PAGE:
By Rondi Lauterbach
(Editor’s Note: Below is a letter written by Rondi to an unsaved friend before her wedding. In it, Rondi unpacks Genesis 2 as it relates to marriage. We hope you enjoy this slightly different post that exhorts us from God’s word.)
I’m so excited you’re getting married! I know you’ve been living with this guy for a few years, but still, it’s a big step, and kind of scary. You asked for some advice. Here it is: I want you to know that marriage is God’s idea. That means he’s for it.
Let me explain. The Bible talks about marriage very early. In fact, it starts in the second chapter. It makes the point that marriage is part of the foundation of our world.
When God made the world it was like the first movement of a very exciting symphony. The beauty and variety of our world brought every instrument into play. Cymbal crashes punctuated each section with a triumphant “Good!” The final crescendo was his creation of us, humans, made to be a reflection of him. The Bible calls us, both men and women, his image bearers. “Very Good!” was the final note of chapter one.
Chapter two opens with a solo, a spotlight on a moment in creation. Adam, the man, is alone in the garden. All that beauty, plenty of food and work to keep him busy, but no one to share it with. A plaintive note begins, “Not good.” Alone might be good in spurts, but as a way of life? Not good.
“It is not good that man should be alone; I will make a helper fit for him” (Genesis 2:18).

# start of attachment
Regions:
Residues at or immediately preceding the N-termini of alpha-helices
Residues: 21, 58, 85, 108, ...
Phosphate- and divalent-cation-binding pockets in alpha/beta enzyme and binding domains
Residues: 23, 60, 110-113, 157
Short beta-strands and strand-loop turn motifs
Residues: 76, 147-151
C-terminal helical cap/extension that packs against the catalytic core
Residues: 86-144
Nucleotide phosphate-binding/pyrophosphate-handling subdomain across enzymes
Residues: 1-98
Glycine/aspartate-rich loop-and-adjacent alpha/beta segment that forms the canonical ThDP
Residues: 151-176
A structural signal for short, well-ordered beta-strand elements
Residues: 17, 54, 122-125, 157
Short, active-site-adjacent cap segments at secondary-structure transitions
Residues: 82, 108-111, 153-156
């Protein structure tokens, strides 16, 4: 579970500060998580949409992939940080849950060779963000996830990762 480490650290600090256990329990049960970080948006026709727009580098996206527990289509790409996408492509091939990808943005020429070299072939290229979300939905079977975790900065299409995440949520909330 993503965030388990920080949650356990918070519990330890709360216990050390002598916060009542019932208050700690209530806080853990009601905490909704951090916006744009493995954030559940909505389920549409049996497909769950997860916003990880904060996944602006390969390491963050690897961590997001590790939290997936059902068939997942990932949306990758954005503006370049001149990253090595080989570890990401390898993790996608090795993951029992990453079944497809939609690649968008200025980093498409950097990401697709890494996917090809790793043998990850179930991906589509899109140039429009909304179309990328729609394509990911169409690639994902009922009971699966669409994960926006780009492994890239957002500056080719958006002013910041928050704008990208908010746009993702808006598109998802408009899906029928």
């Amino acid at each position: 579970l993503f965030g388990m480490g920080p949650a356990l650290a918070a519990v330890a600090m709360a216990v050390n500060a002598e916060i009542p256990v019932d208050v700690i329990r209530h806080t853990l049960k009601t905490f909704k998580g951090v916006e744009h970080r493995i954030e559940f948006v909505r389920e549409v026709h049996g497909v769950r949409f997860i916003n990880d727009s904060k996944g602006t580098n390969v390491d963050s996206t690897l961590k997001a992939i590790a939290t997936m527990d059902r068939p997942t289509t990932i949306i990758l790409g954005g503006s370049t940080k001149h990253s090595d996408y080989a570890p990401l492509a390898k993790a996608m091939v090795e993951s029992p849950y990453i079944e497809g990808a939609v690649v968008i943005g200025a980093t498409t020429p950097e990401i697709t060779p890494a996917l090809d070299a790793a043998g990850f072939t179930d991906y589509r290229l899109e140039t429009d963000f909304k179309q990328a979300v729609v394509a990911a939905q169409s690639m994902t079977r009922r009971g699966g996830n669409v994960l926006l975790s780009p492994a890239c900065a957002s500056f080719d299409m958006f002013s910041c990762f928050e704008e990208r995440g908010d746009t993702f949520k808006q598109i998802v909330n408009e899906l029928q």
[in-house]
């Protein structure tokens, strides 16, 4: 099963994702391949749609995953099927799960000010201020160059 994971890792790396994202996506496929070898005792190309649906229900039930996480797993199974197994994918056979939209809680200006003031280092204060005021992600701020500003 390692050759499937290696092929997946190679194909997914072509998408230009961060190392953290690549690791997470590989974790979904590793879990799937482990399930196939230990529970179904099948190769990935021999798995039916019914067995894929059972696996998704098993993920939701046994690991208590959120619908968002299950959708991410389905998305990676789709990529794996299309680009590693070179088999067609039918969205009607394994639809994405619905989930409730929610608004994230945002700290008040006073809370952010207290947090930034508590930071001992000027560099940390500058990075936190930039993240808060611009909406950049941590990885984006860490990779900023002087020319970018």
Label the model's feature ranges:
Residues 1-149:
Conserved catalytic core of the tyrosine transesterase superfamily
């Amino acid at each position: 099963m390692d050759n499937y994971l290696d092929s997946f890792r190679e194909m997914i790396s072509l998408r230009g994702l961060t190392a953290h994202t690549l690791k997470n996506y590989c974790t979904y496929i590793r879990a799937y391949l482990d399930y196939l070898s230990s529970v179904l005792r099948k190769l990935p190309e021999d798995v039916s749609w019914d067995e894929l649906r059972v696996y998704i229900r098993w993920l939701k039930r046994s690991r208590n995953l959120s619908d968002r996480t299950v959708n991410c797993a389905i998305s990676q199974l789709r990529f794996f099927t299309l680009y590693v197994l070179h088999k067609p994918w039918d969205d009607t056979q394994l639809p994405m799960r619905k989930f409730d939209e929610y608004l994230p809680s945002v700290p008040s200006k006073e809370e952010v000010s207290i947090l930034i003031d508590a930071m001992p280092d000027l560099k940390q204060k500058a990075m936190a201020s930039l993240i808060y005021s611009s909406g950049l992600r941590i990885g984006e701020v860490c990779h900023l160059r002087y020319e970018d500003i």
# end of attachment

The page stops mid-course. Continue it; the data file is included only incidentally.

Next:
What? A helper? That doesn’t sound very romantic!
God actually brought each animal to Adam (Genesis 2:19-20). As he named them, he realized that none was suitable for him. Not one. He didn’t just need an assistant, he needed someone to sing with him. He wasn’t made for a solo.
Like him, but different
A surprise occurs at this point. Until now God had formed all the creatures, including man, from the ground. But now he puts Adam to sleep, performs surgery and creates Eve from a part of Adam’s own body. Why? This unique origin points to the origin of so many things you might feel as you head to the altar:
All these come from being equal, but different. But there’s one more, very needed.
Sound unfair? It’s actually good. A business without a leader goes bankrupt. A country without a leader disintegrates into chaos. An orchestra without a conductor dissolves into noise. A marriage without a leader goes nowhere. God wove order into marriage so it would run smoothly.
The goal is to turn a solo into a duet of such complex harmony it reaches a profound unity. God made the one into two, so he could make the two into one. That’s why this section concludes,
Therefore a man shall leave his father and his mother and hold fast to his wife, and they shall become one flesh. And the man and his wife were both naked and unashamed. (Genesis 2:24-25)
Jodi, this “one flesh” experience is not just a physical unity, but a profound oneness in all areas of life. It is initiated by God the moment you say, “I do.”
The Perfect Duet
I know you waited this long because you’re afraid of divorce. You’ve seen a lot of bad marriages around you, so the Adam and Eve story must sound like a fairy tale.
The truth is, Adam failed Eve and Eve failed Adam. You and your husband will fail each other.
But there is one husband who is perfect. His wife was also created from his side. In fact, after Jesus died on the cross for our sins, a soldier pierced his side with a spear. From that wound came proof that he was dead and proof that our sins can be forgiven. Everyone who believes in him becomes his beloved, to whom he says,
“At last! You are now bone of my bones
and flesh of my flesh!”
I pray your wedding day will be beautiful beginning to a marriage that draws you to Jesus.
Rondi entered the Ivy League full of personal ambition and left under a new Master. Her passion is to help women see Jesus in the Word and be nourished by him. She has been a pastor’s wife for over thirty years, a mother of three, and now a very happy grandmother. She and her husband Mark live in San Diego.
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